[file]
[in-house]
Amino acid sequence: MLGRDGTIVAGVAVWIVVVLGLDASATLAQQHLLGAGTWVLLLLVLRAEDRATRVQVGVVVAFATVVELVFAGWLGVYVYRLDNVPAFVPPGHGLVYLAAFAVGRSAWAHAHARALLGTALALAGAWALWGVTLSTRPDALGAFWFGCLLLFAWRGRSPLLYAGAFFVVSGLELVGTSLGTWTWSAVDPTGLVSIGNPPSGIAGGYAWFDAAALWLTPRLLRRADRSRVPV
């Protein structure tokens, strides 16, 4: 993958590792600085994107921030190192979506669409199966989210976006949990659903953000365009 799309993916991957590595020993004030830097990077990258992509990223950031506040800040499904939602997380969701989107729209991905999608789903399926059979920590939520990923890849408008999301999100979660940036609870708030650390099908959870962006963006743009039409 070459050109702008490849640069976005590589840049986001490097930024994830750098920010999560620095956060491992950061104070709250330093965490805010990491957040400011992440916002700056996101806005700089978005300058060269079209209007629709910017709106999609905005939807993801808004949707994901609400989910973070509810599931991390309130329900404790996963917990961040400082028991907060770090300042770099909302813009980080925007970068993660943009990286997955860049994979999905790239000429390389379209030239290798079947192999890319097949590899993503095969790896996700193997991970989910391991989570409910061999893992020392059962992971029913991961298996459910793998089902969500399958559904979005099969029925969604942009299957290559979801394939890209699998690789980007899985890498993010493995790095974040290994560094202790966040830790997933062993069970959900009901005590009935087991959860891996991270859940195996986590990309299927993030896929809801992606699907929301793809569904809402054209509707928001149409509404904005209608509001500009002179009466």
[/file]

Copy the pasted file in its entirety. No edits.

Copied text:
[in-house]
Amino acid sequence: MLGRDGTIVAGVAVWIVVVLGLDASATLAQQHLLGAGTWVLLLLVLRAEDRATRVQVGVVVAFATVVELVFAGWLGVYVYRLDNVPAFVPPGHGLVYLAAFAVGRSAWAHAHARALLGTALALAGAWALWGVTLSTRPDALGAFWFGCLLLFAWRGRSPLLYAGAFFVVSGLELVGTSLGTWTWSAVDPTGLVSIGNPPSGIAGGYAWFDAAALWLTPRLLRRADRSRVPV
């Protein structure tokens, strides 16, 4: 993958590792600085994107921030190192979506669409199966989210976006949990659903953000365009 799309993916991957590595020993004030830097990077990258992509990223950031506040800040499904939602997380969701989107729209991905999608789903399926059979920590939520990923890849408008999301999100979660940036609870708030650390099908959870962006963006743009039409 070459050109702008490849640069976005590589840049986001490097930024994830750098920010999560620095956060491992950061104070709250330093965490805010990491957040400011992440916002700056996101806005700089978005300058060269079209209007629709910017709106999609905005939807993801808004949707994901609400989910973070509810599931991390309130329900404790996963917990961040400082028991907060770090300042770099909302813009980080925007970068993660943009990286997955860049994979999905790239000429390389379209030239290798079947192999890319097949590899993503095969790896996700193997991970989910391991989570409910061999893992020392059962992971029913991961298996459910793998089902969500399958559904979005099969029925969604942009299957290559979801394939890209699998690789980007899985890498993010493995790095974040290994560094202790966040830790997933062993069970959900009901005590009935087991959860891996991270859940195996986590990309299927993030896929809801992606699907929301793809569904809402054209509707928001149409509404904005209608509001500009002179009466």